Effective use of abrasives in blast cleaning



As has been explained in the section Setting the Blast Pattern that to achieve the best cleaning efficiency the abrasive quality plays a very important role. However it is one of the most neglected areas and is a major area of concern. The following are the findings of the speakers during visit to the users of blast cleaning process:

  1. No regular interval specified for addition of abrasives. Abrasives added when the blasting time increases the specified time limit.
  2. Sizes of abrasives changed on the availability & cost.
  3. No incoming abrasive inspection for quality.
  4. No records maintained.

The above factors play a very vital role in blast cleaning process. The effect of abrasive size can be understood very clearly from the following chart:



Steel Shot

Grains per 500 gram

Approximate relative Impact value



































From the above it will be understood that to throw 500 gram of S-780 is vastly different from throwing 500 gram of S-70 shot. The impact of larger shot will be concentrated over a much smaller area than that of the finer abrasive. Neither would prove to be an efficient blast media. The larger abrasive would probably remove all the contaminants but over too small an area to be economical. The finer shot, assuming it to be thrown over a proportionately larger area, may not have the necessary impact value per particle to remove the surface condition. Hence the reason for a combination mixture, where the large particles are to carry out the major work of loosening the contaminants whilst the smaller particles carry out the lighter removal and provide coverage.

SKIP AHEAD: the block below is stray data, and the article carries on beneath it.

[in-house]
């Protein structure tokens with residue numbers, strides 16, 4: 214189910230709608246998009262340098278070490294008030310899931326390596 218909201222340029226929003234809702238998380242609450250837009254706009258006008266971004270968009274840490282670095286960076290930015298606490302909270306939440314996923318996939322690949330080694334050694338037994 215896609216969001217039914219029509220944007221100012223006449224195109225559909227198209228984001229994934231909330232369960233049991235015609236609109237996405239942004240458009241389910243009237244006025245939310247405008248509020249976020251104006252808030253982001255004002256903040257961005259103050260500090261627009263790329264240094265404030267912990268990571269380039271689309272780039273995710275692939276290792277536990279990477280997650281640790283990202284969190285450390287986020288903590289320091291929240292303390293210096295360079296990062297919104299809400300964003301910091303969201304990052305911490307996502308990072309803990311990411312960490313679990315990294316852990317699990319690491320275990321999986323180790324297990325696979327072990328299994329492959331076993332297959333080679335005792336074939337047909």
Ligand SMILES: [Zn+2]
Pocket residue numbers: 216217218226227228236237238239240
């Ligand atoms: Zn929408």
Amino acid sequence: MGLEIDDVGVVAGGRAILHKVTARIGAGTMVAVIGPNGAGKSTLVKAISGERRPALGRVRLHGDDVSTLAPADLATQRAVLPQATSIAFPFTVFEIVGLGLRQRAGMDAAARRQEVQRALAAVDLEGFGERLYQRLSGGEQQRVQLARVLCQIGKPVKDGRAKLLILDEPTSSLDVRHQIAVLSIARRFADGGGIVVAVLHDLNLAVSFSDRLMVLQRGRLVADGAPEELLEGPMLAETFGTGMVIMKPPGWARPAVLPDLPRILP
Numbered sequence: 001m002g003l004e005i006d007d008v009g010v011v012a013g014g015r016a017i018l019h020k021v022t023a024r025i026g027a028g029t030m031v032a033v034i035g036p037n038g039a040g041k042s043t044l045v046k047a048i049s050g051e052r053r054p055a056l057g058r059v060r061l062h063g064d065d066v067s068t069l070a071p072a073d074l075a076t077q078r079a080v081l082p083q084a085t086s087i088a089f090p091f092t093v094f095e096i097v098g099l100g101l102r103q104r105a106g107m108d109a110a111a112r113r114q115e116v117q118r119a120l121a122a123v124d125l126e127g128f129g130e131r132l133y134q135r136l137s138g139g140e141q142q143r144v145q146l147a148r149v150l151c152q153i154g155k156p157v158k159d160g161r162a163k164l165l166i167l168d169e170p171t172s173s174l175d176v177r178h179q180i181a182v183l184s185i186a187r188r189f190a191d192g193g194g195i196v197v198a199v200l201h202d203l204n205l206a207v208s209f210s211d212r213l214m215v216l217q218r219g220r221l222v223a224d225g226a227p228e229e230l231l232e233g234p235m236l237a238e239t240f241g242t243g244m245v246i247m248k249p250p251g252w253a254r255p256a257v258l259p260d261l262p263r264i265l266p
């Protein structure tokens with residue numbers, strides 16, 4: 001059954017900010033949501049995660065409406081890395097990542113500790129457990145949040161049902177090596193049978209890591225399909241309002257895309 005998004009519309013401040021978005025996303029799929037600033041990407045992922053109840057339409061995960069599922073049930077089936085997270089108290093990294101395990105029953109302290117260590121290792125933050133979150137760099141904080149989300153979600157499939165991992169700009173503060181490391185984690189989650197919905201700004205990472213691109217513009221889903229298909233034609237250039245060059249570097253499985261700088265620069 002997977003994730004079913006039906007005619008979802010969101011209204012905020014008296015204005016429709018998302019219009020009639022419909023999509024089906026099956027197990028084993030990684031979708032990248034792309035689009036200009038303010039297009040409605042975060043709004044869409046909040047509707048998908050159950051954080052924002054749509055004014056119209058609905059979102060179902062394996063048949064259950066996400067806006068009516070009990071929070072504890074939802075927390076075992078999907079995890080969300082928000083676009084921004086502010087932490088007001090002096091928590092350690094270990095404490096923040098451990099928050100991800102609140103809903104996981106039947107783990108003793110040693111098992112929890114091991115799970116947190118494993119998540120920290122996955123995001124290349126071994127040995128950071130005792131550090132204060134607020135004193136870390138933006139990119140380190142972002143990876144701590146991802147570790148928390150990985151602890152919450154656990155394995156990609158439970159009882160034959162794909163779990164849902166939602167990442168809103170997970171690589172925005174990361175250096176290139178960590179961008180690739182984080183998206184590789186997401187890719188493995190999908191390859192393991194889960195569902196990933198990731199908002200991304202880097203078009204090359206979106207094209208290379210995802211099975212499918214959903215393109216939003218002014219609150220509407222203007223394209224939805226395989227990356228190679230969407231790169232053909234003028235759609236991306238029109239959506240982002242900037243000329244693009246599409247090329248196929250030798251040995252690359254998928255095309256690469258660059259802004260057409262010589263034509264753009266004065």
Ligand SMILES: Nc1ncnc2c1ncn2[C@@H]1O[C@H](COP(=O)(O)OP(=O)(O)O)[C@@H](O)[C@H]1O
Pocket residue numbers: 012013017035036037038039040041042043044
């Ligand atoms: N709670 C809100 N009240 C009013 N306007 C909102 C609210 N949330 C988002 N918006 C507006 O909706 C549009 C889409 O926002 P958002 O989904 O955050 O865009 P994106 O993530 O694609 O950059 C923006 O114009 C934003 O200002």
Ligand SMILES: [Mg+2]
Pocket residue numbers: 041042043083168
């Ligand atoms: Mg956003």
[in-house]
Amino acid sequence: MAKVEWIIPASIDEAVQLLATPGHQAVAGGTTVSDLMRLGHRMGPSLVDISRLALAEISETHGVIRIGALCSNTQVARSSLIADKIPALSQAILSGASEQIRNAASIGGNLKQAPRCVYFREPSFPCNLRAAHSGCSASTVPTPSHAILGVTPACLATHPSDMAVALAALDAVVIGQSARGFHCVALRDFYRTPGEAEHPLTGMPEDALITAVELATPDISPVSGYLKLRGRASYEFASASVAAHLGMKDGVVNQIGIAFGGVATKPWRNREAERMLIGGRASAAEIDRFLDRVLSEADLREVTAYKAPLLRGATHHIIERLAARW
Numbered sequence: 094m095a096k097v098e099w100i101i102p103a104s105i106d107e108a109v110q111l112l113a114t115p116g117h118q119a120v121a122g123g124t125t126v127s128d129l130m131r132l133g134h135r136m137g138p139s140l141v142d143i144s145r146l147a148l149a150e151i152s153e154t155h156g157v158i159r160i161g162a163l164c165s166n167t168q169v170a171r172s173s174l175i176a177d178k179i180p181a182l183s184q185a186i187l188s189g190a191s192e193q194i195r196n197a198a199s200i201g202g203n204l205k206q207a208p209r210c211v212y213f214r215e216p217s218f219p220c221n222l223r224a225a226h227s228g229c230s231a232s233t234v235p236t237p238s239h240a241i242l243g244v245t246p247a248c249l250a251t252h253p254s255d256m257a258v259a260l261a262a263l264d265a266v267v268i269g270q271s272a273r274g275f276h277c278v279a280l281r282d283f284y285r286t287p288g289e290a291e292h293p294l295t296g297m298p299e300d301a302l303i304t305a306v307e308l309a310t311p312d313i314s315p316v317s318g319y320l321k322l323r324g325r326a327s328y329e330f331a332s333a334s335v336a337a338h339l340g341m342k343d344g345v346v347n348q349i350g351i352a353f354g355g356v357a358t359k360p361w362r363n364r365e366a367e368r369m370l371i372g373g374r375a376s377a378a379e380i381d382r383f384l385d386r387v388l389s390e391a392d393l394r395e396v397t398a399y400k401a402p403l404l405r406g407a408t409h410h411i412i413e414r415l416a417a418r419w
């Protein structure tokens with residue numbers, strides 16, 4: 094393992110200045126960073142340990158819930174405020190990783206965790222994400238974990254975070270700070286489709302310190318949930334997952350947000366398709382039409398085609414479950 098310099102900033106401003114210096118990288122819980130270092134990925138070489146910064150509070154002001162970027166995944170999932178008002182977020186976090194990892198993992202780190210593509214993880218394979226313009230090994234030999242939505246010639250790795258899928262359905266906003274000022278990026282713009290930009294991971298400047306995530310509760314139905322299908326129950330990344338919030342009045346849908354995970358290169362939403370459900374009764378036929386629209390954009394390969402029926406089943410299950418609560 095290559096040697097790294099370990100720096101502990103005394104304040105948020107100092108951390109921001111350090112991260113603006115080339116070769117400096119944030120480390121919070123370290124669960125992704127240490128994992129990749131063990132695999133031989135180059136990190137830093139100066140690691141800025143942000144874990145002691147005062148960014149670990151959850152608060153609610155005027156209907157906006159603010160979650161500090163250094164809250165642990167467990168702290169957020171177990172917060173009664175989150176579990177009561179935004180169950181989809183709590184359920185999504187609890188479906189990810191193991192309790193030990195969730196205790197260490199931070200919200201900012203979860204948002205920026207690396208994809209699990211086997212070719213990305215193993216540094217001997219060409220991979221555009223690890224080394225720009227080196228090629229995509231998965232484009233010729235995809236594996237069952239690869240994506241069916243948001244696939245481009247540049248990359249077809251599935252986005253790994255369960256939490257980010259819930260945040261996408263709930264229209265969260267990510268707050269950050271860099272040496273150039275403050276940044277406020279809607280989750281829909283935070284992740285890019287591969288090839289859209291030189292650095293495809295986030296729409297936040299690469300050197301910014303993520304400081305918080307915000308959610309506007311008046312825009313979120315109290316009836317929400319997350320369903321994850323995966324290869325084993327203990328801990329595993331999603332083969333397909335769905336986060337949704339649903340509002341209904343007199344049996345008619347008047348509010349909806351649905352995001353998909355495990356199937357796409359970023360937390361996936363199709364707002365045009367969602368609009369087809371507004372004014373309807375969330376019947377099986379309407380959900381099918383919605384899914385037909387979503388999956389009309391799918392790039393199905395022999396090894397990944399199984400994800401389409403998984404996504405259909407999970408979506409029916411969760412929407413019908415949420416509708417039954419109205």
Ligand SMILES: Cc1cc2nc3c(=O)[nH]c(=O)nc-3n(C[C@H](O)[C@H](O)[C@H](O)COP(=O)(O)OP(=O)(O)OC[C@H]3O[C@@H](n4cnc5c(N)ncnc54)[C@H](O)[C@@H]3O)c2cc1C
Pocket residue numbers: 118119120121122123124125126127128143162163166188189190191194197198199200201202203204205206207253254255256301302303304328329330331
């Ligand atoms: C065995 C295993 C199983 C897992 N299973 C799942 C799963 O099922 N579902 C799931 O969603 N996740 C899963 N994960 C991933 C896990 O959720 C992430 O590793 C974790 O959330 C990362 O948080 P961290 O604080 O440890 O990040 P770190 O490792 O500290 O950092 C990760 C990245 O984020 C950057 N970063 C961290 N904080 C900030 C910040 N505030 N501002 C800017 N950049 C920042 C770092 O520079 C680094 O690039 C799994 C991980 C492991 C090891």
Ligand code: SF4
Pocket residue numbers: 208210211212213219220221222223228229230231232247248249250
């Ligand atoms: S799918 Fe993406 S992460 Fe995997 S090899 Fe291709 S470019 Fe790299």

A balanced work mix size distribution produces a better, more uniform surface profile, best suited for subsequent operations such as machining, bonding or painting etc. Effective and economical abrasive mixes contain a size range from small, medium to large particles. The choice of an abrasive for a particulate application is that of finish. The finishing operation may be the removal of heavy scale from a steel billet or the very light removal of sand from manhole cover castings. There are the surface preparations for critical applications of coatings of many types. All these demand individual choice of abrasives.
It will be appreciated that the cleaning rate varies with the choice of abrasive and the type of material being treated. The particular abrasive selected will also affect maintenance costs. From this it will be seen that the criteria of choice is that of desired surface finish.